* You need to make sure you've firewalled (and/or on single-host configurations bound it exclusively to lo0) memcached so people can't talk to it from the Internet.
* If you survey the Internet, you'll find a lot of people who have not obeyed this rule.
* If you don't obey this rule attackers can get and possibly alter most of your data; an exposed memcached is probably game-over for your site.
The only things you should be able to talk to on anything in your data center are ports 443 and 80, plus 25 on your single mail relay if you have one, plus 22 (heavily filtered) on a single relay SSH server. If you can talk to more than that, you've probably done something very wrong.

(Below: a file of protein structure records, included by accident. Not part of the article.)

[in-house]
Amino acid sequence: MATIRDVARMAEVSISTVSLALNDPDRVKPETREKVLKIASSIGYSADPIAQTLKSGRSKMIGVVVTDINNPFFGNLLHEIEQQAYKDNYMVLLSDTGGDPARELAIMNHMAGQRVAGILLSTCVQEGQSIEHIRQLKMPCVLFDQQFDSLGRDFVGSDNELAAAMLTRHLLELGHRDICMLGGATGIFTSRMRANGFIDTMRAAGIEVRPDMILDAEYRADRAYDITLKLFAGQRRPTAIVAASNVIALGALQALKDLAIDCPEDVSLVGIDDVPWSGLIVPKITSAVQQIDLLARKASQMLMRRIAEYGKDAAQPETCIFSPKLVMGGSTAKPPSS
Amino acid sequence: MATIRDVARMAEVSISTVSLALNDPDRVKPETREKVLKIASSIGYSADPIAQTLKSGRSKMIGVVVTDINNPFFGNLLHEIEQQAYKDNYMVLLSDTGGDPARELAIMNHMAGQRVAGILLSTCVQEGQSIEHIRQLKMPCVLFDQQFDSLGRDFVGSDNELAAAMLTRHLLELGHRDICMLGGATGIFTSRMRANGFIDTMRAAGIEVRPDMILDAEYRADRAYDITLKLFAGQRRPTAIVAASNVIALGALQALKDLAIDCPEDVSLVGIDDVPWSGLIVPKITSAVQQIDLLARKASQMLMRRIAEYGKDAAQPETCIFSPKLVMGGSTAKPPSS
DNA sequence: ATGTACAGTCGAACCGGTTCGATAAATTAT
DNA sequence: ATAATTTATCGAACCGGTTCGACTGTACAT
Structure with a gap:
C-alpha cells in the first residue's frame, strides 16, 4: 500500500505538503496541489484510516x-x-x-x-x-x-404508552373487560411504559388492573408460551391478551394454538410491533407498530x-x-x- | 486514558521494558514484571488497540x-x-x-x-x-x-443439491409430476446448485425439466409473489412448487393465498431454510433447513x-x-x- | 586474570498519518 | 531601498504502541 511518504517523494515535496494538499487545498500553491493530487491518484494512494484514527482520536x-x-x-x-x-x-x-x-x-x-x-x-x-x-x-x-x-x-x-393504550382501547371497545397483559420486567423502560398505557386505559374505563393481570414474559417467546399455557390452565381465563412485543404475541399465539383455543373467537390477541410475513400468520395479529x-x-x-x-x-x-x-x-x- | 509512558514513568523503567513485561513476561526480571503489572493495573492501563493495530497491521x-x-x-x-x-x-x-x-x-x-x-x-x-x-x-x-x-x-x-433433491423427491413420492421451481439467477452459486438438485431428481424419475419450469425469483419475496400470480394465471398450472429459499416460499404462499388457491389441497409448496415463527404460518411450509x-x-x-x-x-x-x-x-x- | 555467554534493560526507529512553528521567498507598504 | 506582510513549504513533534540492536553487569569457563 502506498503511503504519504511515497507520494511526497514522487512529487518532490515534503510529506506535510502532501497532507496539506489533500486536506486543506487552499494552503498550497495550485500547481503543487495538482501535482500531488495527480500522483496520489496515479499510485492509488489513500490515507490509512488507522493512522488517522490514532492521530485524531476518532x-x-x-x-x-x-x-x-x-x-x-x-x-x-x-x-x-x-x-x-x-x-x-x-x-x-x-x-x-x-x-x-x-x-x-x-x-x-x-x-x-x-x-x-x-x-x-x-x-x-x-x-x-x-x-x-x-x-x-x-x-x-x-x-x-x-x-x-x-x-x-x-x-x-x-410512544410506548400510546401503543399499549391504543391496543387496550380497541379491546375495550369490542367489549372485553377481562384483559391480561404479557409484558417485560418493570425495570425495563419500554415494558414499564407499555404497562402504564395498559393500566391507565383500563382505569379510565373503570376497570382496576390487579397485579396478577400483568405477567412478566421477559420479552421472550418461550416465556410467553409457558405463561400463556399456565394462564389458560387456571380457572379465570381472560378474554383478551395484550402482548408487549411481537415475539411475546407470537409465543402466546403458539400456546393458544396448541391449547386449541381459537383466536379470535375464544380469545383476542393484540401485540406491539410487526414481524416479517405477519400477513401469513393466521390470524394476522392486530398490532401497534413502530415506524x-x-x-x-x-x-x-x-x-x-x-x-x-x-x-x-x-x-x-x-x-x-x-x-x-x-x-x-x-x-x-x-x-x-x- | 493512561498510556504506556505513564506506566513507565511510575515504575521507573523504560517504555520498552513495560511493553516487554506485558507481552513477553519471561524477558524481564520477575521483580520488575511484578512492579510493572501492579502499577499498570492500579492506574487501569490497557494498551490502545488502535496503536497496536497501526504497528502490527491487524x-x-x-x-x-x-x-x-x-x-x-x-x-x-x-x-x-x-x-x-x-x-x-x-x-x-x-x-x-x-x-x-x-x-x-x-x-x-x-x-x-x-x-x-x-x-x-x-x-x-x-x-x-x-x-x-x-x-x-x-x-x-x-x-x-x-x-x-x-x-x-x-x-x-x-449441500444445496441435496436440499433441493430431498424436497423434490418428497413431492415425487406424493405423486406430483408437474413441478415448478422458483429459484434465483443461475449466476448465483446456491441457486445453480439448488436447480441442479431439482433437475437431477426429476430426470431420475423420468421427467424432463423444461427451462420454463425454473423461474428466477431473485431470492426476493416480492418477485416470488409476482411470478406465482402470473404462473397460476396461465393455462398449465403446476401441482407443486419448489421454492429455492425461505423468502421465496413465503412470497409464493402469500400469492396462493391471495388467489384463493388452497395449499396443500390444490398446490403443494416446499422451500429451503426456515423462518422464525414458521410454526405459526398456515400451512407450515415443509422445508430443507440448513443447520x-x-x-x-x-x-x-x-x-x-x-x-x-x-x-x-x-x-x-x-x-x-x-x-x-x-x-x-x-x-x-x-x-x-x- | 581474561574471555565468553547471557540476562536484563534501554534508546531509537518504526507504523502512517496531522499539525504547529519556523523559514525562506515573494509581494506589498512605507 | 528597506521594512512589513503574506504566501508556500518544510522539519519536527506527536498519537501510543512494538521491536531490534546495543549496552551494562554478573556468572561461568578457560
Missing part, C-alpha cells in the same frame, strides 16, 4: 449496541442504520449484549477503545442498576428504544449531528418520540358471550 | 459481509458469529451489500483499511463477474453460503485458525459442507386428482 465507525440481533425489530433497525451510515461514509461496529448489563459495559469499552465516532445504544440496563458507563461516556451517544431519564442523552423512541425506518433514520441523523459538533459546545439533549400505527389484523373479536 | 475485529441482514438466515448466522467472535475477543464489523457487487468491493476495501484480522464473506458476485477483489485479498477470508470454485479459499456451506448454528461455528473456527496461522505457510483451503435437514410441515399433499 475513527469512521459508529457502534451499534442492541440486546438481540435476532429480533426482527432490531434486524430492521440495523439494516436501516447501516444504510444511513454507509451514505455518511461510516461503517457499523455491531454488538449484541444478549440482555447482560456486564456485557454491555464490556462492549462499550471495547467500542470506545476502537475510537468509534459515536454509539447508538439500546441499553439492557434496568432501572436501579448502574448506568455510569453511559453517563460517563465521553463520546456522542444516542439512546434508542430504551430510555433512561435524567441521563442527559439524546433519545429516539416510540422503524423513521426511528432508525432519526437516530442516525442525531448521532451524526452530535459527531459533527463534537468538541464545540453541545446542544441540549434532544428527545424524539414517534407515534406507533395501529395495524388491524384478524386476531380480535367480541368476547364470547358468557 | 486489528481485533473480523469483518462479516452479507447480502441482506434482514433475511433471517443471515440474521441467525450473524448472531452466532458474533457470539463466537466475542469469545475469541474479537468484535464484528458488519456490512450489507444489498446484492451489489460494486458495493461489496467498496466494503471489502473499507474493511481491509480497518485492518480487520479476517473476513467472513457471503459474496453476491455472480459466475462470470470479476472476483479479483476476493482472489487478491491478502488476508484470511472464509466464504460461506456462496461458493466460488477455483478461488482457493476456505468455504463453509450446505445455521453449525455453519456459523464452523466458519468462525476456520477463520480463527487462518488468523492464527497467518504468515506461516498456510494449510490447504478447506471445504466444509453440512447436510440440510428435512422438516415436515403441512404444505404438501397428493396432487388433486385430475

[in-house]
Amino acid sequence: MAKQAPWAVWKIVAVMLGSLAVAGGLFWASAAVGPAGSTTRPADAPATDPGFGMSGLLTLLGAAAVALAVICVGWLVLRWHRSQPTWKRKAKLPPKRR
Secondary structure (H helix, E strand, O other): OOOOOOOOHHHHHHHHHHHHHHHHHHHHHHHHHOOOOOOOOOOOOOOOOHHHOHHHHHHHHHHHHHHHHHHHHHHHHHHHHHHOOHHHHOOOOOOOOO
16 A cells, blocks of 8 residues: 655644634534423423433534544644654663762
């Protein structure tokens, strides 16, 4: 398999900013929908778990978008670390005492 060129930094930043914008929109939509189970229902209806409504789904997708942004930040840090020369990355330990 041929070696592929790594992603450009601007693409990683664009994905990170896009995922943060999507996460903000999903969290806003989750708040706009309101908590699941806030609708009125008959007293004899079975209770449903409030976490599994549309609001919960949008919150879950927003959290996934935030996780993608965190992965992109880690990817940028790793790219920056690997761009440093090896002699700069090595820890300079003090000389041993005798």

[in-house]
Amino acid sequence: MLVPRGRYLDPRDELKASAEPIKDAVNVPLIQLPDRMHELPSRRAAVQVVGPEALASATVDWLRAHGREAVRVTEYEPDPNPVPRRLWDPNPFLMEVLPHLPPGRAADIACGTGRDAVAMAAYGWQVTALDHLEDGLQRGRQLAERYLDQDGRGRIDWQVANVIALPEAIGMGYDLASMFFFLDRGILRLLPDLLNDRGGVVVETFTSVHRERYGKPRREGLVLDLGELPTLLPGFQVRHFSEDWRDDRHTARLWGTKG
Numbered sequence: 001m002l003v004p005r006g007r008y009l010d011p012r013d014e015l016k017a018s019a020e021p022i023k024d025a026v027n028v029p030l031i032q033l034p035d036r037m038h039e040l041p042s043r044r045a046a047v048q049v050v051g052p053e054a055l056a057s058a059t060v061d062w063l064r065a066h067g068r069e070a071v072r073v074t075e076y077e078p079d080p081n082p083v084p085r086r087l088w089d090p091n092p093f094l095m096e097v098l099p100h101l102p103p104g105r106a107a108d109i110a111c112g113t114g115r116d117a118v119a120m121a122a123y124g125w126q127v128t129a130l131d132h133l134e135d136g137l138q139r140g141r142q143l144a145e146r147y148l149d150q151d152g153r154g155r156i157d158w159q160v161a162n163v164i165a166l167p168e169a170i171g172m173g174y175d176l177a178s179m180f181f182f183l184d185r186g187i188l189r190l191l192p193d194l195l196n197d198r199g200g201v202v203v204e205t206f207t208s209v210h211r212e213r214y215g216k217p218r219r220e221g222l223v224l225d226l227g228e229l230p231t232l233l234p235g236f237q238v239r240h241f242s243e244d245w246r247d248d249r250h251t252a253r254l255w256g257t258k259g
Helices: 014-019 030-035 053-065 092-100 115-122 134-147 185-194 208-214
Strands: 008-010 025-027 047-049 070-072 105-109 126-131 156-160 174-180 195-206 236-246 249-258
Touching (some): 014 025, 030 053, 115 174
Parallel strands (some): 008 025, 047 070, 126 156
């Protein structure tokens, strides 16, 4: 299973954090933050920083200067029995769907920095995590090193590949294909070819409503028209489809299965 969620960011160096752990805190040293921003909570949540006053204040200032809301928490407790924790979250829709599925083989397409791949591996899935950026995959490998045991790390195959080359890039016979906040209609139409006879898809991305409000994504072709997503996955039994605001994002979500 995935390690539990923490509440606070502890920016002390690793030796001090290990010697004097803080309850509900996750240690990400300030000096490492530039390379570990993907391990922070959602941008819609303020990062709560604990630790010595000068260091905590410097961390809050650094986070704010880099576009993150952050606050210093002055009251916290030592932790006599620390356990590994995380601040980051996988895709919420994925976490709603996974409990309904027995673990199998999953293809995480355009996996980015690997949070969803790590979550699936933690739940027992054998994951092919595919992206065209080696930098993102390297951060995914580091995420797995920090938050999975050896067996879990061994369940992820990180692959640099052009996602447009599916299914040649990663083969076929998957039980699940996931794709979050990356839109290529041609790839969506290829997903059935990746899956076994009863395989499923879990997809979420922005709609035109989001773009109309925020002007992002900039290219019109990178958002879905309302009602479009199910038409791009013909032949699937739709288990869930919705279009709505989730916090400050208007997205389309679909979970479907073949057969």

Unfortunately it's often not good enough to point out open ports, and one needs to demonstrate exploitability. The main thrust of the talk was so say "if you come across memcacheds, don't skip them, there's coolness there". e.g. an open memcached used by Django directly equates to remote code exec due to Python's pickle.
You're spot on with the final point; firewall firewall firewall.
[fd: that's my name on the preso]
Bad gowalla, bitly, and PBS operations departments. Shame on you.
That alone allows you to avoid most attackers trying to guess valid server ips.
Now to put a honey pot on port 22.
I can't emphasize this one enough. Unless you need to login from a lot of different machines, there really isn't any excuse not to do this. It also has the bonus of making logins really easy since you don't have to type a password.
Also, yes, among with changing the port the only way that should be possible to get in is through 'keys.